U.S. House Speaker John Boehner Friday extended a formal invitation for South Korean President Lee Myung-bak to address a joint session of Congress next week, citing the importance of the time-honored alliance between the two nations.
“The American and South Korean peoples share deep ties rooted in history and common values. The Republic of Korea has been a strong ally and partner in promoting democracy, advancing economic freedom, and combating nuclear proliferation. It would be an honor to have President Lee, a steadfast friend of the American people, address the United States Congress," Boehner said in a statement.
Lee is scheduled to arrive in Washington on Tuesday for a four-day state visit. He plans to hold summit talks with President Barack Obama on Thursday. Boehner asked Lee to deliver a speech to Congress later Thursday.
If he accepts the invitation, Lee would become the first South Korean president to address the U.S. Congress in 13 years. The late Kim Dae-jung delivered a speech to Congress in 1998.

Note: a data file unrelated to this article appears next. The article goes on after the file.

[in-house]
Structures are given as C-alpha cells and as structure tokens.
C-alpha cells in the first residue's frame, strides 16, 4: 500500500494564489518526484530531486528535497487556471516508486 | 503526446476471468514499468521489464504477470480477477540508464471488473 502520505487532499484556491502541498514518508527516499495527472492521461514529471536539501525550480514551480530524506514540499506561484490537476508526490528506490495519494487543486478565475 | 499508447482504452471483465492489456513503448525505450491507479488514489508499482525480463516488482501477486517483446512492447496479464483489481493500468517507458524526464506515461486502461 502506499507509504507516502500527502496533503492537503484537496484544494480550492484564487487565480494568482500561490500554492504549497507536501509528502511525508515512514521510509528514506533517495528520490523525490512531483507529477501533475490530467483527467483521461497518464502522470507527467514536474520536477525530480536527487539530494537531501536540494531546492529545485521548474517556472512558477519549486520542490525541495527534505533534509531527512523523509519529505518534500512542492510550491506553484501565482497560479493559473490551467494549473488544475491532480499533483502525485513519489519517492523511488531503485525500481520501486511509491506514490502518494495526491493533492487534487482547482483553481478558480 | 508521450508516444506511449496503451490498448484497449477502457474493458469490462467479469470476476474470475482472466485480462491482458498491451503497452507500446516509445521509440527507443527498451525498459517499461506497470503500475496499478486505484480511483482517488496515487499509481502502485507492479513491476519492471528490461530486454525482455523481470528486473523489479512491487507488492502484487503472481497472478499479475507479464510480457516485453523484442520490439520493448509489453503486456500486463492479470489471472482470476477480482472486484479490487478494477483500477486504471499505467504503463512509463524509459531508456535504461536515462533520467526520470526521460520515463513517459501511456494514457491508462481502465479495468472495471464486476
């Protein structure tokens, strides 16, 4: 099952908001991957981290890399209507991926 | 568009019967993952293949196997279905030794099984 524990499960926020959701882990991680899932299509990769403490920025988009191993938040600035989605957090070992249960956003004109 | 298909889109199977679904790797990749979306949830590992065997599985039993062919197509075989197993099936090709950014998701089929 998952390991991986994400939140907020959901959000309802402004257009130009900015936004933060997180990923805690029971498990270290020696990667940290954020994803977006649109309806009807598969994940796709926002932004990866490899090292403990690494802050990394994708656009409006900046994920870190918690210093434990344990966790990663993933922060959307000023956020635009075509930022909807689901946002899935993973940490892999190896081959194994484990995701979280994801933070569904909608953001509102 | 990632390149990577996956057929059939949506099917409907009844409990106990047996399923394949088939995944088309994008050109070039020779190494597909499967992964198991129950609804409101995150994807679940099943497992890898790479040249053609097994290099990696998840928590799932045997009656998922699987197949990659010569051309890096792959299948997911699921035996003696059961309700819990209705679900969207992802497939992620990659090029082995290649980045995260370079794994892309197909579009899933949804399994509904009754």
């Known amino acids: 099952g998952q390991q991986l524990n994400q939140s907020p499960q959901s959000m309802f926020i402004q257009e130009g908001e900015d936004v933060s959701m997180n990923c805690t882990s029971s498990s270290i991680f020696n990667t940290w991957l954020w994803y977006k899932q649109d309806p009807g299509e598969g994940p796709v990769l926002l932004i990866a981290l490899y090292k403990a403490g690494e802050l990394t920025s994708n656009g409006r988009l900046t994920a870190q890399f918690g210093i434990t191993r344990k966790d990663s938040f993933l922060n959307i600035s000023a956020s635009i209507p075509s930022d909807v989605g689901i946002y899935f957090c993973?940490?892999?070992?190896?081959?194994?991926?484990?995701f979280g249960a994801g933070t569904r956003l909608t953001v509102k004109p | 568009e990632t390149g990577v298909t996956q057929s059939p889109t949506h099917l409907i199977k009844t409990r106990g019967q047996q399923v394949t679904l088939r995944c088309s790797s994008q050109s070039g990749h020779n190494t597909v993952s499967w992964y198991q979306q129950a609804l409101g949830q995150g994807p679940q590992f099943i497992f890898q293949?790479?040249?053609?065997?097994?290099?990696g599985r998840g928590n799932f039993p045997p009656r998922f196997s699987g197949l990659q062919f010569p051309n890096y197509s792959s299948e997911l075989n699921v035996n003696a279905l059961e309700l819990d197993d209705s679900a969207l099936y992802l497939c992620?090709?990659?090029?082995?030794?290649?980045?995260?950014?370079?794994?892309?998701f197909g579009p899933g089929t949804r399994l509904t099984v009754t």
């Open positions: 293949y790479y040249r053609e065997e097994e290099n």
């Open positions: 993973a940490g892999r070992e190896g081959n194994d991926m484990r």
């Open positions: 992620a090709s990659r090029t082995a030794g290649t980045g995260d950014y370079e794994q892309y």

Lee is expected to express his gratitude to Congress for its efforts to help strengthen the Seoul-Washington alliance, especially its bipartisan push to ratify a bilateral free trade agreement.
Both the Senate and the House are widely expected to pass the accord, signed in 2007, next week.
The White House, meanwhile, said Lee's upcoming visit reflects the "strong bonds of friendship" between the two sides.
"This visit will highlight the strong alliance, the global partnership and the deep economic ties between the United States and the Republic of Korea," press secretary Jay Carney said at a press briefing. "The visit will also celebrate the strong bonds of friendship between the American and Korean people."